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**Published in:** Dagstuhl Seminar Proceedings, Volume 5471, Computational Proteomics (2006)

Upon low energy collision induced dissociation (CID), multiply protonated peptides generate a set of interdependent fragment ions detectable by MS/MS, the '[peptide]n+-fragmentome'. In particular dynamic fragmentation of [peptide]n+ ions in a collision cell generates information-rich MS/MS spectra. Currently, database-supported annotations of peptide MS/MS spectra are mainly based on a combination of peptide molecular weight and y type fragment ions, leaving a considerable number of good-quality peptide MS/MS spectra in proteomics studies unannotated. This situation may be improved by a more complete use of the structural information present in the [peptide]n+-fragmentome.
The presentation provides an overview on the fragment ions of multiply protonated peptides and their connectivity, comprising a ions, b ions, y ions, and neutral loss reactions from the N-, and C-terminus, and internal b ions. In the low-mass region, the unique set of 19 y1 ions and of the 190 b2 ions carries a particular message, since these ions define the N-or C-terminal amino acid(s). Further, the b1 ions of the basic residues K, H, W, and R carry a specific N-terminal information, which is redundant to that contained in the corresponding b2 ions and in the N-terminal neutral loss peaks. Redundant information is also found in b and y ion series and in complementary b/y ion pairs. The latter are particularly abundant when generated by proline- or aspartate-induced backbone cleavages. From complementary b/y ion pairs the molecular weight of the precursor ion can be reconstructed to confirm or determine its molecular weight. This procedure is helpful in case a mixture of precursor ions is isolated or in case a precursor ion of very low abundance is isolated. Information about the precursor ion charge state is also delivered by precursor ion reconstruction using MS/MS data.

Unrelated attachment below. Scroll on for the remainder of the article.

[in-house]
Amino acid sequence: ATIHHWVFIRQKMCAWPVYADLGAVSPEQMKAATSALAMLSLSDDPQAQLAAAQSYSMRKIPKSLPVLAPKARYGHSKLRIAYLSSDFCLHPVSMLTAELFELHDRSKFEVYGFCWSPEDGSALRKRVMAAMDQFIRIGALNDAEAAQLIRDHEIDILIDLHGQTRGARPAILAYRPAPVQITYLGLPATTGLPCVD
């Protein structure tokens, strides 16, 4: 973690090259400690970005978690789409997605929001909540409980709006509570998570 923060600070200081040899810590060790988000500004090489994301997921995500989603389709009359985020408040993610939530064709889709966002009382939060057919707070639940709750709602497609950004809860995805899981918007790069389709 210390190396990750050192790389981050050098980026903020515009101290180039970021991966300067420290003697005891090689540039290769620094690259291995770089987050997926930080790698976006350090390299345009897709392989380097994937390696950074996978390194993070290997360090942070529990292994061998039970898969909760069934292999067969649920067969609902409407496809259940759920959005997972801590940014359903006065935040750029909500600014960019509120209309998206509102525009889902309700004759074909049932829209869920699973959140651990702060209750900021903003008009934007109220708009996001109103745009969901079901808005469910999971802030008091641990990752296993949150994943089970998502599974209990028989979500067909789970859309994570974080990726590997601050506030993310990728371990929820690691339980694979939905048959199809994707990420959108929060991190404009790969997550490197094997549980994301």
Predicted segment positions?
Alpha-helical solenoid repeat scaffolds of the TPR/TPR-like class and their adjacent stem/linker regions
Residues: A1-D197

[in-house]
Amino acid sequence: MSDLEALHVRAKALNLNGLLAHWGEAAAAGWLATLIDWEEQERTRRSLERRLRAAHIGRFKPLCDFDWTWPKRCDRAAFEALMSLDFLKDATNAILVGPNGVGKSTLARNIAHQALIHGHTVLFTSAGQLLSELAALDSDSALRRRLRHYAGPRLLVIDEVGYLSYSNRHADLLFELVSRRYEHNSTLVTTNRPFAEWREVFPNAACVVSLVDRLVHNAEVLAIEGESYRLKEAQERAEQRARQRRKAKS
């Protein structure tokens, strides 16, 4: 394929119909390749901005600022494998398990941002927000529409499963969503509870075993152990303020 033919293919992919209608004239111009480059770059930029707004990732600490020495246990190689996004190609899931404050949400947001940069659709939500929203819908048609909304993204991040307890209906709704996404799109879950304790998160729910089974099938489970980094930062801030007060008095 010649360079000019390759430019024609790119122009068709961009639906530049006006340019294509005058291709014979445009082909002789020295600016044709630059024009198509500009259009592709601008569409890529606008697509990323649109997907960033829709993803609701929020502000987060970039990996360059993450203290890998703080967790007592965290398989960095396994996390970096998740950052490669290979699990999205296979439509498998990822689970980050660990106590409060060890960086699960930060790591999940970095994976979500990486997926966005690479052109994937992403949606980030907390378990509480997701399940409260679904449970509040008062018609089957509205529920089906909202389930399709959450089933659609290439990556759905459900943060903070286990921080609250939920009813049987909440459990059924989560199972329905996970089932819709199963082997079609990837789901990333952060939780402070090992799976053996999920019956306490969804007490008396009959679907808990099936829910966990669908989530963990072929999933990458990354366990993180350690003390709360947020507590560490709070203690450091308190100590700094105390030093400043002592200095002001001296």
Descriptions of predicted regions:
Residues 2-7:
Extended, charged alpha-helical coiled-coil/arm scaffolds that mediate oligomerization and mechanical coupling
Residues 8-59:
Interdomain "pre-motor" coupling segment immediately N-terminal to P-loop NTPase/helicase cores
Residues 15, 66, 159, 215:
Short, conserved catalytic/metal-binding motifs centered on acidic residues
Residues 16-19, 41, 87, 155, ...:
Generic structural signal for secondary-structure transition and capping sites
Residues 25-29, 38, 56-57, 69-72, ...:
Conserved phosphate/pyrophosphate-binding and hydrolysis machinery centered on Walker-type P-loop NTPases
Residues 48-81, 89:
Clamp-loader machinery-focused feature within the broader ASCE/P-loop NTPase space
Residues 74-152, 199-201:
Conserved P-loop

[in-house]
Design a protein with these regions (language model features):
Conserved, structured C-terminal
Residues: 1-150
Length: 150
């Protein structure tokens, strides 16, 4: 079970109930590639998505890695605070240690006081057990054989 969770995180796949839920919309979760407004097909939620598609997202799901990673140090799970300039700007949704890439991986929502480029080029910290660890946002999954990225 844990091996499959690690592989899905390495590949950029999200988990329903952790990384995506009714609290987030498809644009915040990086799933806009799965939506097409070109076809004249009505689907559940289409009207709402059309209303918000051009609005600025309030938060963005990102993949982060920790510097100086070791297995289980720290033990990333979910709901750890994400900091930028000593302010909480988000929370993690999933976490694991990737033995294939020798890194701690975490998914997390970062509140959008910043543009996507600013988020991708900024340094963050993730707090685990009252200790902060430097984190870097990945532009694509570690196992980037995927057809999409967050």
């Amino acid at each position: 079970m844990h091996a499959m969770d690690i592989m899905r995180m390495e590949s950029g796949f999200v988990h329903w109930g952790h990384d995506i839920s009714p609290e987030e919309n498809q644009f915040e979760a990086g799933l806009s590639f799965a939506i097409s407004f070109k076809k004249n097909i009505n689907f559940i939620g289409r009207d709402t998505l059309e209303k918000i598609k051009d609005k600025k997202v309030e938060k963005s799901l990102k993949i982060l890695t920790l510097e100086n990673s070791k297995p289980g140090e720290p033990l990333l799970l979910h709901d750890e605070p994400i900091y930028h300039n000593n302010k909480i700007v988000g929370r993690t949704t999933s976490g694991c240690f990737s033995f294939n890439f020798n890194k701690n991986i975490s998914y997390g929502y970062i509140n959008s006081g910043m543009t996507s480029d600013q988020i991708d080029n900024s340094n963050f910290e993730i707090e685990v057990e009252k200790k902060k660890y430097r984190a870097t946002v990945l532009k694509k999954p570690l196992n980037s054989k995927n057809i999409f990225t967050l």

In the analysis of covalently modified peptides, reporter ions are of particular importance. These ions can be used for mining of MS/MS data sets for the occurrence of selected modifications. Examples are presented for selected modifications, such as acetylation and phosphorylation. In phosphorylation analysis neutral loss reactions are highly important, and may also carry redundant information, when observed both from the molecular ion and from fragment ions. Search tools, which fully incorporate the current knowledge about the [peptide]n+-fragmentome will increase the scores of peptide/protein identifications by MS/MS and thus will increase the fraction of automatically assigned MS/MS spectra in proteomics studies.

Wolf D. Lehmann, Junhua Wei, Juri Rappsilber, and Mojiborahman Salek. The Peptide MS/MS-Fragmentome: A Set of Predictable Fragment Ions with Highly Redundant Sequence Information. In Computational Proteomics. Dagstuhl Seminar Proceedings, Volume 5471, pp. 1-4, Schloss Dagstuhl – Leibniz-Zentrum für Informatik (2006)

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@InProceedings{lehmann_et_al:DagSemProc.05471.15, author = {Lehmann, Wolf D. and Wei, Junhua and Rappsilber, Juri and Salek, Mojiborahman}, title = {{The Peptide MS/MS-Fragmentome: A Set of Predictable Fragment Ions with Highly Redundant Sequence Information}}, booktitle = {Computational Proteomics}, pages = {1--4}, series = {Dagstuhl Seminar Proceedings (DagSemProc)}, ISSN = {1862-4405}, year = {2006}, volume = {5471}, editor = {Christian G. Huber and Oliver Kohlbacher and Knut Reinert}, publisher = {Schloss Dagstuhl -- Leibniz-Zentrum f{\"u}r Informatik}, address = {Dagstuhl, Germany}, URL = {https://drops.dagstuhl.de/entities/document/10.4230/DagSemProc.05471.15}, URN = {urn:nbn:de:0030-drops-5472}, doi = {10.4230/DagSemProc.05471.15}, annote = {Keywords: Peptides, collision-induced dissociation, tandem mass spectrometry, electrospray, peptide fragment ions} }